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January 1, 2010     Post-Gazette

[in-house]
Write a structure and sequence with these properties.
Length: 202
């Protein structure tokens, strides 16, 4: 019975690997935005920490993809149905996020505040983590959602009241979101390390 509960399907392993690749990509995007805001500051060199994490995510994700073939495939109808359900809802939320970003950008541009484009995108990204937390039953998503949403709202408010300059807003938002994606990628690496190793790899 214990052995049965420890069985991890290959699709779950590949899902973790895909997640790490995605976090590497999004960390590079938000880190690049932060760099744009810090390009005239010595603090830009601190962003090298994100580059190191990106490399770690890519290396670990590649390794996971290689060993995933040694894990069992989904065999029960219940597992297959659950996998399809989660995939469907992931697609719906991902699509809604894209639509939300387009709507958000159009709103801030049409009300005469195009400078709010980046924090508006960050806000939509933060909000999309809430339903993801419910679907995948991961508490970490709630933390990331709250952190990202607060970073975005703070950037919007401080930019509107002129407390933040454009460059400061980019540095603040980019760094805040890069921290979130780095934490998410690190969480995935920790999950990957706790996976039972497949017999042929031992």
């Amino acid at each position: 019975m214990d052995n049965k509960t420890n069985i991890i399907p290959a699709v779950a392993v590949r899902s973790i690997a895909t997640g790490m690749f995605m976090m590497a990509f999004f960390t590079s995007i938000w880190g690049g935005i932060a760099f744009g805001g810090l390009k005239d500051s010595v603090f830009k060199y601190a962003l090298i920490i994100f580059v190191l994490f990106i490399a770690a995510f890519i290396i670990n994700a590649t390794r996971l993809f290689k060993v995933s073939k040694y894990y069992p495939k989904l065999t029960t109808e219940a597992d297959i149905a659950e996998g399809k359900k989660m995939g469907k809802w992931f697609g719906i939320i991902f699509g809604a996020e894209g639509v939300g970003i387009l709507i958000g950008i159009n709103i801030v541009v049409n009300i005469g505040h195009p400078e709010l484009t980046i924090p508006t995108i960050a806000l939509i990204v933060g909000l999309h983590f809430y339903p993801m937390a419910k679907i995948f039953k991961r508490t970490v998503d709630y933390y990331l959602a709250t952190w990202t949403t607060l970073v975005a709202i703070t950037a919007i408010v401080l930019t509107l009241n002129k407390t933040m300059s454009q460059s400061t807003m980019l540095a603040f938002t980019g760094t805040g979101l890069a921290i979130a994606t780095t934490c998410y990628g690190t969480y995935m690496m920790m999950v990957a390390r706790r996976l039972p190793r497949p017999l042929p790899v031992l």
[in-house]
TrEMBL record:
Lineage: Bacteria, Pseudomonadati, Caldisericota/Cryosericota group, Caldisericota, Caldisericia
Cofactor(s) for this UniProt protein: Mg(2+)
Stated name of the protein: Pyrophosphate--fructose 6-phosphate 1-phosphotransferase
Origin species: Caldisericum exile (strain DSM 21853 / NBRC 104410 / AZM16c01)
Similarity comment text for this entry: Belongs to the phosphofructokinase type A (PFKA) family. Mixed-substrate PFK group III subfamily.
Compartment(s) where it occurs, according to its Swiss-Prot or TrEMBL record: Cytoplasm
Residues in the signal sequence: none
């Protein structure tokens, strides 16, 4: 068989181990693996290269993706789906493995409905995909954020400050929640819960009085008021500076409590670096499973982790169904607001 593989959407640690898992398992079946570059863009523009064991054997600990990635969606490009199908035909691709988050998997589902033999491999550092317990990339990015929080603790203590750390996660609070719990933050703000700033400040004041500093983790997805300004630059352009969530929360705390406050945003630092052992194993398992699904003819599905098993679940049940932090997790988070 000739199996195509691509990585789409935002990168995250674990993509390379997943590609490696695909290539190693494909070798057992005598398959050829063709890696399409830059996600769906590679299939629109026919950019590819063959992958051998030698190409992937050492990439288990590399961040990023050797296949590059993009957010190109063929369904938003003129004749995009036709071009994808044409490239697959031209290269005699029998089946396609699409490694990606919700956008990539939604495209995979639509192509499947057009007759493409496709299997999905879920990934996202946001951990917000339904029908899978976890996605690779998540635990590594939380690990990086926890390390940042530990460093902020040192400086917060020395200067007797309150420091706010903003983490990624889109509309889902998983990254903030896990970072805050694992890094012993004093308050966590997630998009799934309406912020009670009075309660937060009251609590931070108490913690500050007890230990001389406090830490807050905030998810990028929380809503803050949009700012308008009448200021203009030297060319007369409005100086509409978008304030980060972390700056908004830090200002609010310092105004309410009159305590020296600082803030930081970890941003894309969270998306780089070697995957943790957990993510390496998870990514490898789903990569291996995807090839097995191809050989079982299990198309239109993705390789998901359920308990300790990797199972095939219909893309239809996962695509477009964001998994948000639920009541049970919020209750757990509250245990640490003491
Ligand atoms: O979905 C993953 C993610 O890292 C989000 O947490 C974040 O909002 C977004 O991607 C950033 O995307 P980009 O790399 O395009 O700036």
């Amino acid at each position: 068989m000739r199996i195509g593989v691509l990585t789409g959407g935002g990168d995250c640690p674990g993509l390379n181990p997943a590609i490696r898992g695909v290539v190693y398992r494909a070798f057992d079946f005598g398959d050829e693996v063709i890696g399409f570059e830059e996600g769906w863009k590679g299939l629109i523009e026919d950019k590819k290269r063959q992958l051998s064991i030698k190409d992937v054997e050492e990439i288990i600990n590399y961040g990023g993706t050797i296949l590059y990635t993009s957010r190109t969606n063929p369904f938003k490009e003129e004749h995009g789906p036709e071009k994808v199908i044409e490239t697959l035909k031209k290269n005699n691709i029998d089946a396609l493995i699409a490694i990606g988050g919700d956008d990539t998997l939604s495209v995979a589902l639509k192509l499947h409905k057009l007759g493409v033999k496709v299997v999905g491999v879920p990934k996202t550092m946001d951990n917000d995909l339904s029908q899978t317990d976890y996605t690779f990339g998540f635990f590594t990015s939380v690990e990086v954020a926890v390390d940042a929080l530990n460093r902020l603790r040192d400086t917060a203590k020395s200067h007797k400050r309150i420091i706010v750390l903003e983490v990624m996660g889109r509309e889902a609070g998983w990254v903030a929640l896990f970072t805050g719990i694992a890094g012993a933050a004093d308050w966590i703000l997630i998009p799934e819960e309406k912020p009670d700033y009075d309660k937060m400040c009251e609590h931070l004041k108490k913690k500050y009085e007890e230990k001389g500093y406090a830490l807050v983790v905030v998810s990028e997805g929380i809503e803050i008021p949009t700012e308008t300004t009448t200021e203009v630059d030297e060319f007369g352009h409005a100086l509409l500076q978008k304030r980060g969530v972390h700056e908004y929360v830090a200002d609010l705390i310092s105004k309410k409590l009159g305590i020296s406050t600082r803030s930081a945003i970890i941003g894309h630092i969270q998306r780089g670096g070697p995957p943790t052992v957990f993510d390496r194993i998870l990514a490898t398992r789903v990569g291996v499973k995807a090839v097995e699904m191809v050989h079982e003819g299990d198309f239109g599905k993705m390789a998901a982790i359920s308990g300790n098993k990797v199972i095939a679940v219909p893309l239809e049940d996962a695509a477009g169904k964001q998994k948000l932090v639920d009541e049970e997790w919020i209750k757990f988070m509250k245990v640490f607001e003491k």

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.i ...... i ,h. g,.,/, gail,~...il.., .... g.iildL~lh .... L .........~..~- ........... -,. .............................. ~-. ............... POST-GAZETTE, JANUARY 1,2010 Page13 Fa/2na Babb' onno by John Christoforo A Nostalgic Remembrance My cousins, the Pepe Family -- Left to Right Back Row: Ralph, sons John, Ken and Steven. Middle Row: Angela, daughter Kristen, Dawn (John's wife with baby Vivian). Front Row: Evey, Brennan (John and Dawn's children). Sitting Zachery, Sharyn (Ken's wife with baby Noah), Kerry, Steven's wife. It was Christmas Day and I was a child. Santa had brought the electric trains I had asked him for and I was up at the crack of dawn assembling the tracks, con- necting the transformer and placing the wheels of the engine and cars in the right plac~ on the tracks. When I began operating the train, the noise awakened my folks, but they didn't mind, it was Christmas day. Not long after, Dad told me to get dressed. He was play- ing a Christmas party aboard the USS Vulcan, an aircraft repair ship that was sta- tioned in Boston. Each year since WWII ended, he and a few of his fellow musicians played on the ship for the crew and their families, most of whom were from this area. Santa would show up just as dessert was being served. I was told that he made the stop while he was on his way back to the North Pole. All the children of the sailors were happy about this fact and none of them were left out when Santa distributed presents. When we returned home, Nanna and my mother were busy preparing the Christ- mas dinner. The smell of the seven fishes from the night before was being replaced by the smell of Nanna's gravy and the meats that were being saut6ed in garlic and oil before they were placed in the gravy pot. Babbononno was setting up a table with bottles of wine, aperitifs, and what ever else had flavored alco- hol. These bottles were care- fully placed behind the dishes that contained the antipasti he would serve the family when they all arrived. As the afternoon rolled in, the family began arriv- ing and Christmas dinner became a reality. Uncle Paul, his wife, Aunt Eleanor showed up with their two daughters, my cousins, Paula and Ellie. Uncle Nick arrived alone. He had not yet married Aunt Dorothy. Uncle Gino and Aunt Ninna were the last of the imme- diate family to arrive. At this point, their children hadn't been born yet. Once we were all seated, Babbo- nonno toasted the holiday and Nanna served the first of the many courses that would keep us at the dinner table for several hours. Later in the day, a few of Nanna's relatives dropped by with their families and then a few paesani who always celebrated holidays with my grandparents. On this Christmas day and many more that followed, there were visits from friends of my grandparents who were alone in America. They -- FOR YOU WHO APPRECIATE THE FINEST-- THE MUSIC FOR ALL OCCASIONS WWW.BOSTONPOSTGAZETTE.COM 781-648-5678 were lonely and this was the closest to family that they could experience on an international holiday. Even as a child I wondered how lonely it might have been for these people if it had not been for my grandparents and their old fashion hospi- tality. My young mind deter- mined that the worst thing on a holiday as important as Christmas must be the feel- ing of loneliness. In my own youthful way, I considered myself quite lucky. Well, here we are many decade later and my cousin, Ralph Pepe, and I try to con- tinue the traditions we re- membered from our child- hood experiences. We com- bine families on holidays, Christmas, Easter and Thanksgiving. His grand- father, Zi'Antonio Ceruolo and my grandmother (Nanna} were brother and sister, plus, my great uncle and Babbononno were the best of friends. They had, I believe, 1 1 children of their own, but always showed up even if it was just for a cup of coffee and dessert. Last Friday, my wife, Loretta, sons John and Michael, my wife's mother, Mary and I made the trek to Ralph and Angela's home to continue the family tradi- tion started two generations ago by our transplanted grandparents. We combined families for yet another holi- day. Before Ralph and Angela's children and grandchildren began arriving, Ralph and I were sitting in the kitch- en as Angela and their daughter, Kristen, set up the kitchen table with antipasti. Ralph and I began sipping the drinks he poured and both of us began reminisc- {Continued on Page 14) * The Socially Set {Continued from Page 9} Jen Mergel joins the Museum of Fine Arts, Boston in February 2010 as the MFA's Beal Family Senior Curator of Contem- porary Art. (Photo courtesy of MFA) The two companies plan to maximize their vast re- sources in Massachusetts to deliver the best in-class ser- vice they are both known for. "We are perfectly posi- tioned to provide the BSO with an extraordinary food service program," said Joe O'Donnell, Chairman of Bos- ton Culinary Group. "Our management team and line- staff have been servicing the Boston cultural theater com- munity successfully for years at the Wang Center, the Shubert Theater and most recently, the Opera House. Our knowledge of the service patterns, the mar- ket and our strong presence in western Massachusetts make this a good fit for us. We've got a great partner, too." The management team of Gourmet Caterers is quite familiar with Symphony Hall. They have been pre- senting catered events there for decades. "I have been involved, in one form or another, with the BSO since 1973," said Bob Wiggins, President and Owner of Gourmet Caterers. "We were pleased to see that the BSO had decided to pair the Hall business with the Tanglewood business and appoint an exclusive pro- vider. We felt that was a smart move. Our team is eager to get in there and start building the business." Enjoy! (Be sure to visit Hilda Morrill's gardening Web site, www.bostongardens.com. In addition to events covered and reported by the columnist, "The Socially Set" is compiled from various other sources such as news and press re- leases, PRNewswire services, etc.) New Year Traditions (Continued from Page 8} In Scotland, the birthplace of "Auld Lang Syne" is also the home of Hogmanay, the rousing Scottish New Year's celebration (the origins of the name are obscure). One of the traditions is "first-foot- ing." Shortly after midnight on New Year's Eve, neighbors pay visits to each other and impart New Year's wishes. Traditionally, a gift of coal is brought for the fire; a gift of shortbread can also be given. It is consid- ered especially lucky if a tall, dark, and handsome man is the first to enter your house after the New Year is rung in, The most commonly sung song for English-speak- ers on New Year's Eve, "Auld Lang Syne", literally trans- lates as "old long since" means "times gone by." It is an old Scottish song that was first published by the poet Robert Burns in the 1796 edition of the book, Scots Musical Museum. In Italy thousands of people gather at churches and ca- thedrals to attend midnight mass and welcome the year ahead. This is considered to be one of the main New Year traditions in Italy. Thou- sands of people also attend at Vatican City. Another important ritual is to burn the Yule Log, which is lit all through the night till the coming of the New Year The New Year is the most important holiday in Japan, and is a symbol of renewal. In December, various Bonenkai or "forget-the-year parties" are held to bid fare- well to the problems and con- cerns of the past year and prepare for a new beginning. At midnight on Dec. 31, Bud- dhist temples strike their gongs 108 times, in an effort to expel 108 types of human weakness. The Spanish ritual on New Year's Eve is to eat twelve grapes at midnight. The tra- dition is meant to secure twelve happy months in the coming year. The Dutch burn bonfn-es of Christmas trees on the street and launch fireworks. The fires are meant to purge the old and welcome the new. In Greece, New Year's Day is also the Festival of St. Basil. One of the traditional foods served is Vassilopitta, or St. Basil's cake. A silver or gold coin is baked inside the cake. Whoever finds the coin in their piece of cake will be especially lucky dur- ing the coming year. Interestingly, kissing un- der the mistletoe is a New Year's custom in France, rather than a Christmas custom as in other coun- tries. In France, New Year's Eve is called la Saint- Sylvestre* and is usually celebrated with a feast, called le R~veillon de Saint- Sylvestre. The feast tends to include special items like champagne and foie gras, and the accompanying party. India is a country of great diversity. India is made up of numerous regional and cultural variations. As a result of these cultural variations, festivals are cel- ebrated at different times and in different ways accord- ing to regional culture. Noisemaking and fire- works on New Year's Eve is believed to have origi- nated in ancient times, when noise and fire were thought to dispel evil spirits and bring good luck. The Chinese are credited with inventing fireworks and use them to spectacular effect in their New Year celebrations.